3D Photo Viewing With Cardboard
Updated 2015/4/12, Major revision
Got Google's Cardboard, it's an inexpensive VR (virtual reality) viewer for smartphone displays. Bought mine from "Unofficial Cardboard" with the idea of seeing how my 3D stereoscopic photos look on my phone with the Cardboard viewer compared to my 3D tablet (Inferno/Gadmei INF2890).
None of the Android stereo viewing or VR apps I tried worked as I would like with my photos. The cardboard lenses limit the viewing area on the phone since the headset is meant to move around to change the display with VR apps. I don't want to have to move my head around with the viewer just to see a stereo 3D slideshow. Of course for panoramic photos that is a great feature, but my photos are not panoramas. With many photo apps, it was cumbersome to get my photos to be the right size for viewing in Cardboard. So instead I used an easy method to view my 3D photos in Cardboard without VR apps.
For my Sony Xperia Z1S phone (1920 W x 1080 H screen) I used StereoPhotoMaker to resize side_by_side stereo photos to 1920x540 pixels (with black borders if necessary to match the display width of 1920 specifically for the Z1S). Each eye view has an aspect ratio of 16x9. In the Cardboard viewer I look at photos in full screen mode with an app like Full Screen Pic. Full screen viewing mode is a requirement. The result looked good with Cardboard, and actually much better than my 3D tablet. However I can see the pixels of the photos due to lens magnification.
With more experimentation I improved the viewing experience using side_by_side photos resize to 1920x720 pixels. Each eye view has an aspect ratio of 4x3. This turned out to be a better viewing experience with cardboard. The cardboard lenses prevent seeing the entire photo (on the edges), but with more pixels the images look better. Finally after yet more experimentation, I cropped the photo to 8x9 aspect ratio to get the best results. On the 1920x1080 phone this produced full screen images. Looks great if you can use this aspect ratio for your photo. Finally I used different lenses that do not limit my field of view in a homemade cardboard viewer. I may discuss this topic in another post.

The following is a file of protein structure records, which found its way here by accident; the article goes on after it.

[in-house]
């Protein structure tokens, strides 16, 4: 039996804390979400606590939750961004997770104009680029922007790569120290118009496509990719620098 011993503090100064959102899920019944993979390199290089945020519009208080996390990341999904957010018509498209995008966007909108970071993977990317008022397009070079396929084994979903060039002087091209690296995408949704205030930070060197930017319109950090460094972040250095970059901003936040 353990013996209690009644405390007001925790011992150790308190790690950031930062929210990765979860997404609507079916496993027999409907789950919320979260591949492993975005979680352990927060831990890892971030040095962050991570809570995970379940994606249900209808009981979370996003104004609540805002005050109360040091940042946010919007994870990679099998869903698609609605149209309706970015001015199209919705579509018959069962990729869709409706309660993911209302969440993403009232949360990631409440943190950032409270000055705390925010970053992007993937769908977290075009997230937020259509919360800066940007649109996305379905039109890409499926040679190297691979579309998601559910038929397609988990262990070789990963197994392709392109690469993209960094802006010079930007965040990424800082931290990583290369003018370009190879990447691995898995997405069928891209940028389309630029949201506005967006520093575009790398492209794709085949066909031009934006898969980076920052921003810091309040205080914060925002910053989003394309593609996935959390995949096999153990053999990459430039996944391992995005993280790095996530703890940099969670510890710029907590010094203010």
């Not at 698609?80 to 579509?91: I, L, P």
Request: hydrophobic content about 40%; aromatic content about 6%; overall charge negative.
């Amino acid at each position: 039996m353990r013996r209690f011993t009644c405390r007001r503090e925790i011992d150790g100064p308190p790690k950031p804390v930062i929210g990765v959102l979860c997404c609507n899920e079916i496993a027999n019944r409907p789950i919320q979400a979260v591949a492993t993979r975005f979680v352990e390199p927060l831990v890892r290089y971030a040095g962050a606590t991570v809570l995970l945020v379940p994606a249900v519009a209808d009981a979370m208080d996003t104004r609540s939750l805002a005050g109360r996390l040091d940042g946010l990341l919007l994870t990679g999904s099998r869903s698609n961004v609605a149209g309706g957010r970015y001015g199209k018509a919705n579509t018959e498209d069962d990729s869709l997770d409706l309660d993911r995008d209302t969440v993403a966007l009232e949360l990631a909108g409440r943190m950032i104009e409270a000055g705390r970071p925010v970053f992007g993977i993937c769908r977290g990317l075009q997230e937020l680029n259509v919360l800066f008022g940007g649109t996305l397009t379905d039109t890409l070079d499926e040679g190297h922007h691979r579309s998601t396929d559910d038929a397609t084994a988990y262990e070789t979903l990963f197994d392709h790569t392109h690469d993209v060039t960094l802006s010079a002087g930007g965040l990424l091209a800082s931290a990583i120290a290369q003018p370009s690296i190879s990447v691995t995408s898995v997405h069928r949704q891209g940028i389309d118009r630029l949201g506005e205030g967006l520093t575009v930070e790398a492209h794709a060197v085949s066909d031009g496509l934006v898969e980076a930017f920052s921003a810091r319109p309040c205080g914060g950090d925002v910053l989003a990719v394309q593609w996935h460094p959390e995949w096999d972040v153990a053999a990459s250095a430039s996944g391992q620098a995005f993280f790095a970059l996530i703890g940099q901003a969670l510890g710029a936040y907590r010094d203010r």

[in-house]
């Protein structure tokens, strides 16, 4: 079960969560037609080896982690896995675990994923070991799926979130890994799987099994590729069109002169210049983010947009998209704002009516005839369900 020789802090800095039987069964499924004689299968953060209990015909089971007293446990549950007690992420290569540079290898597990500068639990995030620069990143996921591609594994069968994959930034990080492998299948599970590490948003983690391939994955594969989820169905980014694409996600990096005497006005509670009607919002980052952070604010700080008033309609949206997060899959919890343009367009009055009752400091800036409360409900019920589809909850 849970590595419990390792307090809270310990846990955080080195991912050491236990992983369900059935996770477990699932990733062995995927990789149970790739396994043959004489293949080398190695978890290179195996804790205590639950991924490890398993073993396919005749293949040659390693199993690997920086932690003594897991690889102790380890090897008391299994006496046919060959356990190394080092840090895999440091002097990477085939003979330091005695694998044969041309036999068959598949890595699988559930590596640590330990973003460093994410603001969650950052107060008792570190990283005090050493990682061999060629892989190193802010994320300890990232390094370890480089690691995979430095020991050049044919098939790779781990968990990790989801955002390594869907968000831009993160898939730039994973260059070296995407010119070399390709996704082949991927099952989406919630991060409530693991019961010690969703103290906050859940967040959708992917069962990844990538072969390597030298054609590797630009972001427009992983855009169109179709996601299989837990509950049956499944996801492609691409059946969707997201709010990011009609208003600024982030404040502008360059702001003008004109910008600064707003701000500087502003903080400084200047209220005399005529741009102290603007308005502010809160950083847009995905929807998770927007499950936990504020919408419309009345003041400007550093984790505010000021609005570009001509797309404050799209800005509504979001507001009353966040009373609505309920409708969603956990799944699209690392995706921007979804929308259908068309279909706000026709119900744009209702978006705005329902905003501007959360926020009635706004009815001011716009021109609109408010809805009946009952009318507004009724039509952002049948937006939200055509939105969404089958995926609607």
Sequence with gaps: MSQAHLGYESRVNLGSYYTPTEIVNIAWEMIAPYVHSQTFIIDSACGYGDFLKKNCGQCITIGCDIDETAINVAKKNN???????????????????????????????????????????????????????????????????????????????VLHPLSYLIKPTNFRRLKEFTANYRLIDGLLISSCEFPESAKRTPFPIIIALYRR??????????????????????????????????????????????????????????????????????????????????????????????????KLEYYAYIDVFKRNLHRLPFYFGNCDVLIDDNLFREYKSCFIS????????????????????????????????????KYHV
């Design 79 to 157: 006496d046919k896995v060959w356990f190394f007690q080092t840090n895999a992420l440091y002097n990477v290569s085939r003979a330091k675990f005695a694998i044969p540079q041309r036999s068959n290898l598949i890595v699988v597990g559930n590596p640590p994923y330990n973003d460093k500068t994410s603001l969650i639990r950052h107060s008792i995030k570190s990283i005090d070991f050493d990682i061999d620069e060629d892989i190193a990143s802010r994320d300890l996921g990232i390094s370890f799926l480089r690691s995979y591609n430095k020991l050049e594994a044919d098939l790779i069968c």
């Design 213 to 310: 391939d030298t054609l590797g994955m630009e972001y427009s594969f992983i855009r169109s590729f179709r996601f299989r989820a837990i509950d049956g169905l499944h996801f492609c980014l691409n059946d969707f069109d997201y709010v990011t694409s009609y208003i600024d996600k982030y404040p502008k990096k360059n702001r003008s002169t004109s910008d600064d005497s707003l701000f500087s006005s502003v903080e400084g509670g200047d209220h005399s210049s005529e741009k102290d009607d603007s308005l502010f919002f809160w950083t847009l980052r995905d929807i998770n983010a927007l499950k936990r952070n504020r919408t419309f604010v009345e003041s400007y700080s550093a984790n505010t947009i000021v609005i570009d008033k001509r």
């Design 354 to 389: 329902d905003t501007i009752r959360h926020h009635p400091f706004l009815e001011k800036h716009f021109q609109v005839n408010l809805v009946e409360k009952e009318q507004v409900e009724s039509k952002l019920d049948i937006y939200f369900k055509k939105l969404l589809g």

Placing the main subject in the center of the photo helped too. This may detract from the art of composing photo subjects as would be done in 2D photos (such as with rule of Thirds).
I also experienced some eyestrain discomfort, but this may be due to how near my eyes are to the lenses in the cardboard frame, because when I back away the image is sharper.
Full Screen Pic has a slideshow mode that works well because it does not use or can turn off annoying transitions or zooms and it works in full screen.